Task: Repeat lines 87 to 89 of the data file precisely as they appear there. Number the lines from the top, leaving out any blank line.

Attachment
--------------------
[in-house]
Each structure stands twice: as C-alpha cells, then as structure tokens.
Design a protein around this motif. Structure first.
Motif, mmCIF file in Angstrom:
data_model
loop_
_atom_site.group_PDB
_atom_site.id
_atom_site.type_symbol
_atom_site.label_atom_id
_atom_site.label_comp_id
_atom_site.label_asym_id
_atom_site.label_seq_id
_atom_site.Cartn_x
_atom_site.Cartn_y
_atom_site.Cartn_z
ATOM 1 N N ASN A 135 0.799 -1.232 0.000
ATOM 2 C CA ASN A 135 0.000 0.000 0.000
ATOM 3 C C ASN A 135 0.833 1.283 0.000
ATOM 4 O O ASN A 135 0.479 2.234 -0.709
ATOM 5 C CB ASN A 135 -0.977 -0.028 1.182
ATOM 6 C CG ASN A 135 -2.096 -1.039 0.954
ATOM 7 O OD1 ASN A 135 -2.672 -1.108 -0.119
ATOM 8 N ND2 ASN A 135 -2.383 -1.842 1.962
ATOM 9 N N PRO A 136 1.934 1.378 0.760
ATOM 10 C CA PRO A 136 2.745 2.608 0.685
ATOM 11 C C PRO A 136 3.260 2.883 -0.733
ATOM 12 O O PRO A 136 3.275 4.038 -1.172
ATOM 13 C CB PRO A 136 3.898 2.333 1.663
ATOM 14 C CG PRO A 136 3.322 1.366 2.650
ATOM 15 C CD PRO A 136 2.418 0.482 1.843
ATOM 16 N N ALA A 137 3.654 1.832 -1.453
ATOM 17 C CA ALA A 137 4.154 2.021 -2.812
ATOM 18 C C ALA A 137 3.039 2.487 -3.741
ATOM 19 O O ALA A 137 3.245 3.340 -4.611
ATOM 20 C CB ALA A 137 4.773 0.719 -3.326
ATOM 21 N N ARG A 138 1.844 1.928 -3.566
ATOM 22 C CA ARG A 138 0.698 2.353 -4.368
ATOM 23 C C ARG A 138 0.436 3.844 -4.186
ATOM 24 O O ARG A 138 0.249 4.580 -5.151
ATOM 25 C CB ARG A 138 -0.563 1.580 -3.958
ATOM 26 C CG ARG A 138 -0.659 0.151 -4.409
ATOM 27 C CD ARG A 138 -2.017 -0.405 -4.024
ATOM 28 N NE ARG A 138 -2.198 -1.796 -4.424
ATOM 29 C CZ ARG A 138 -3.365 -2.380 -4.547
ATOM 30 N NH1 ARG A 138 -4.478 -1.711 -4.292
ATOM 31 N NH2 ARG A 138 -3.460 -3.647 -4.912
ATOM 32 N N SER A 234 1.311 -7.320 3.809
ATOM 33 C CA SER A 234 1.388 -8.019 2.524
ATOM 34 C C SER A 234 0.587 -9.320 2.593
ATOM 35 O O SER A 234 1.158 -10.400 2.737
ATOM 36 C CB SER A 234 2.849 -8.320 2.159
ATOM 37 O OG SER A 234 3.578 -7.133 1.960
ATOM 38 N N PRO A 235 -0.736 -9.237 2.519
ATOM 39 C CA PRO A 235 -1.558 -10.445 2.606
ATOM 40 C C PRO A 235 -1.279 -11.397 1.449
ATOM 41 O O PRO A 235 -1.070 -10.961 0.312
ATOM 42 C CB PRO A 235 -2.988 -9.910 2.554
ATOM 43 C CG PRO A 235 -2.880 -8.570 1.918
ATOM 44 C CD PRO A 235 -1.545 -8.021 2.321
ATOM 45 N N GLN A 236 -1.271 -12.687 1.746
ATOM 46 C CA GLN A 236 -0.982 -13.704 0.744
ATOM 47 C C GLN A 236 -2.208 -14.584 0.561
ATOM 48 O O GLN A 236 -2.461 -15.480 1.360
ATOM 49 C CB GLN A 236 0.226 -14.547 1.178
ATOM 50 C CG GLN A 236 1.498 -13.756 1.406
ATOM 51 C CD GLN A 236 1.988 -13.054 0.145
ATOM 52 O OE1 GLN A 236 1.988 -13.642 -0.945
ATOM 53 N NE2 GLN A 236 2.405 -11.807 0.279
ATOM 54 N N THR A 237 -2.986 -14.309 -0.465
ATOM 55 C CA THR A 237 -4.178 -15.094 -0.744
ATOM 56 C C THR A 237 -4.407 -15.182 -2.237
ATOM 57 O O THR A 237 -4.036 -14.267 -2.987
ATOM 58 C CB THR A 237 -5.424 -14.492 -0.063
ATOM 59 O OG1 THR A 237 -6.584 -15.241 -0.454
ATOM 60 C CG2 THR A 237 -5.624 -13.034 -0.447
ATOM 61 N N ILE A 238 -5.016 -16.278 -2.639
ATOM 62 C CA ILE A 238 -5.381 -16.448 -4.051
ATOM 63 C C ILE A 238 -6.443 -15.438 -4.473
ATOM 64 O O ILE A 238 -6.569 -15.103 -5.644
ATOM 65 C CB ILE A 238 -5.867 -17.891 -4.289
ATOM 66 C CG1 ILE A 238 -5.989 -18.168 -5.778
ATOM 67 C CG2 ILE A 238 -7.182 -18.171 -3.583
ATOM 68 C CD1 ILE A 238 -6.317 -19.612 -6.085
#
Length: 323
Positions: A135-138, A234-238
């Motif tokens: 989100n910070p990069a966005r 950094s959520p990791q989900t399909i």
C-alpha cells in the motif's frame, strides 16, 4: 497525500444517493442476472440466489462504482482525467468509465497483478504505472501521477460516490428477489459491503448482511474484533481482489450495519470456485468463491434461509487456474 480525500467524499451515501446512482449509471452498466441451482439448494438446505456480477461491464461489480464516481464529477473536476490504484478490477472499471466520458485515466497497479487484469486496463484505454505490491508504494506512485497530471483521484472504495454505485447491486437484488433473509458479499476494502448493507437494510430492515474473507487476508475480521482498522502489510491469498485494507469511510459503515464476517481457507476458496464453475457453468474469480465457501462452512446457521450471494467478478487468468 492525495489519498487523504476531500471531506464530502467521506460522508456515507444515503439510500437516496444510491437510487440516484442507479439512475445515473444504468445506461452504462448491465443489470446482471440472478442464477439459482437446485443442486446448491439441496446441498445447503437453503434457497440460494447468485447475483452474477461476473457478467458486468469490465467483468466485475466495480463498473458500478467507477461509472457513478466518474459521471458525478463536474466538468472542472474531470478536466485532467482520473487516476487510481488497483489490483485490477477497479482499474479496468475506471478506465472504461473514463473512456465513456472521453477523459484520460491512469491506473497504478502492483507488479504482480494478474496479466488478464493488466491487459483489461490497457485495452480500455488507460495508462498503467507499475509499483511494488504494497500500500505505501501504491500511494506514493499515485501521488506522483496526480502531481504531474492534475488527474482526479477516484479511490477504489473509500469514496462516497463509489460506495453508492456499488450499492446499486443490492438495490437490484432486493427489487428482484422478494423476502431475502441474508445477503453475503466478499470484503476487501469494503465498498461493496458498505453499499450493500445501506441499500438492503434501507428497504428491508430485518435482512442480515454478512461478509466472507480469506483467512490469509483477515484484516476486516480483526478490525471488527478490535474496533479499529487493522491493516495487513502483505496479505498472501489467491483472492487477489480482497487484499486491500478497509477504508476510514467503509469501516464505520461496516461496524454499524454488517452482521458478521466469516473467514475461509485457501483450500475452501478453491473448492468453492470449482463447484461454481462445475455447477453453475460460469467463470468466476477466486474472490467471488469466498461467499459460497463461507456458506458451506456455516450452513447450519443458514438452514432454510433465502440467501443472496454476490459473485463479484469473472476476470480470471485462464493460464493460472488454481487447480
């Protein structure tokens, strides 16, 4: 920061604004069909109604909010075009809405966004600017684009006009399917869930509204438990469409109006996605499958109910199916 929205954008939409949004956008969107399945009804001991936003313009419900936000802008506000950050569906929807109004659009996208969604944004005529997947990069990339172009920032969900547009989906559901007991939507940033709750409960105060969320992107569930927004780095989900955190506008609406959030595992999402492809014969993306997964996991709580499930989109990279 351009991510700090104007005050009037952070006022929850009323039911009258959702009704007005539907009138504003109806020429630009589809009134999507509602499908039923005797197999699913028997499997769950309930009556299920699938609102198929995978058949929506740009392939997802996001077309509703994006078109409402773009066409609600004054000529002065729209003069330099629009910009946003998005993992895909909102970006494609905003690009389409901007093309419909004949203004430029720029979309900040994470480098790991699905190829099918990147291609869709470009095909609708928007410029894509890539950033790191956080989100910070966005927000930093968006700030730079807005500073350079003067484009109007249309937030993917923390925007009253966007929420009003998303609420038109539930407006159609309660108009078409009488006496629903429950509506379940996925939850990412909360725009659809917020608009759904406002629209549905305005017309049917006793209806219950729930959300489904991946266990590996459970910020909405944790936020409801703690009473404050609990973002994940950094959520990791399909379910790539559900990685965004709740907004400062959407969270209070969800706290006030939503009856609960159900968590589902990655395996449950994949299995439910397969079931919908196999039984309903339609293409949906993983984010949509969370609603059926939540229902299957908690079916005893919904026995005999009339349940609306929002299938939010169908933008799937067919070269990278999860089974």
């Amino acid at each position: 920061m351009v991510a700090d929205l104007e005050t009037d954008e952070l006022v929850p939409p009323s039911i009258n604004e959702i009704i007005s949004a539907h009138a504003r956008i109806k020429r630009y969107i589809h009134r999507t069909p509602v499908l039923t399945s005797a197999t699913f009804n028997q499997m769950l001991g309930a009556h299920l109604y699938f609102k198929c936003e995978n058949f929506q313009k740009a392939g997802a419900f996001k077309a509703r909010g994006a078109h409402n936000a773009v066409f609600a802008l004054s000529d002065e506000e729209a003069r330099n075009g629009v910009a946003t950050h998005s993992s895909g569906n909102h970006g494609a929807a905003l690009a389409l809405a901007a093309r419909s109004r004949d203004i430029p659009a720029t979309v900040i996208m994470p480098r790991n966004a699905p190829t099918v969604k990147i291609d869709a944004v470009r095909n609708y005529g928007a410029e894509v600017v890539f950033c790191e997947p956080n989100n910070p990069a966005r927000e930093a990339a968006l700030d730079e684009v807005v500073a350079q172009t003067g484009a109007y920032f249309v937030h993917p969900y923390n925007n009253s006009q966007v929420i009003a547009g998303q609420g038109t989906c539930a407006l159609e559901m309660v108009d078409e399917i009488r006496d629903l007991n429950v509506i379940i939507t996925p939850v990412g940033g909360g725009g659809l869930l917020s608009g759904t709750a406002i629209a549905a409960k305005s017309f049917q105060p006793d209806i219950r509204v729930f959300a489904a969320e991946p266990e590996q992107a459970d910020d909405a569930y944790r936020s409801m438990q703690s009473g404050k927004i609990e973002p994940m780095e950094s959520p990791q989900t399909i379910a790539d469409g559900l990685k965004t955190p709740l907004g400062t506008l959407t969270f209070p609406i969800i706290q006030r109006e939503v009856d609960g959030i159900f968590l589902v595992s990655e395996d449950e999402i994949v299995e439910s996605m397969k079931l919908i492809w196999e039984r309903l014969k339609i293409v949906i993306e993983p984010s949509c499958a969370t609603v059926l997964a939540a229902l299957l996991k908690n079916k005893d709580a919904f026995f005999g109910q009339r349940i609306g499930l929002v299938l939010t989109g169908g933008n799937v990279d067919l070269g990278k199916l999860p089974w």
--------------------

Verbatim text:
Positions: A135-138, A234-238
């Motif tokens: 989100n910070p990069a966005r 950094s959520p990791q989900t399909i």
C-alpha cells in the motif's frame, strides 16, 4: 497525500444517493442476472440466489462504482482525467468509465497483478504505472501521477460516490428477489459491503448482511474484533481482489450495519470456485468463491434461509487456474 480525500467524499451515501446512482449509471452498466441451482439448494438446505456480477461491464461489480464516481464529477473536476490504484478490477472499471466520458485515466497497479487484469486496463484505454505490491508504494506512485497530471483521484472504495454505485447491486437484488433473509458479499476494502448493507437494510430492515474473507487476508475480521482498522502489510491469498485494507469511510459503515464476517481457507476458496464453475457453468474469480465457501462452512446457521450471494467478478487468468 492525495489519498487523504476531500471531506464530502467521506460522508456515507444515503439510500437516496444510491437510487440516484442507479439512475445515473444504468445506461452504462448491465443489470446482471440472478442464477439459482437446485443442486446448491439441496446441498445447503437453503434457497440460494447468485447475483452474477461476473457478467458486468469490465467483468466485475466495480463498473458500478467507477461509472457513478466518474459521471458525478463536474466538468472542472474531470478536466485532467482520473487516476487510481488497483489490483485490477477497479482499474479496468475506471478506465472504461473514463473512456465513456472521453477523459484520460491512469491506473497504478502492483507488479504482480494478474496479466488478464493488466491487459483489461490497457485495452480500455488507460495508462498503467507499475509499483511494488504494497500500500505505501501504491500511494506514493499515485501521488506522483496526480502531481504531474492534475488527474482526479477516484479511490477504489473509500469514496462516497463509489460506495453508492456499488450499492446499486443490492438495490437490484432486493427489487428482484422478494423476502431475502441474508445477503453475503466478499470484503476487501469494503465498498461493496458498505453499499450493500445501506441499500438492503434501507428497504428491508430485518435482512442480515454478512461478509466472507480469506483467512490469509483477515484484516476486516480483526478490525471488527478490535474496533479499529487493522491493516495487513502483505496479505498472501489467491483472492487477489480482497487484499486491500478497509477504508476510514467503509469501516464505520461496516461496524454499524454488517452482521458478521466469516473467514475461509485457501483450500475452501478453491473448492468453492470449482463447484461454481462445475455447477453453475460460469467463470468466476477466486474472490467471488469466498461467499459460497463461507456458506458451506456455516450452513447450519443458514438452514432454510433465502440467501443472496454476490459473485463479484469473472476476470480470471485462464493460464493460472488454481487447480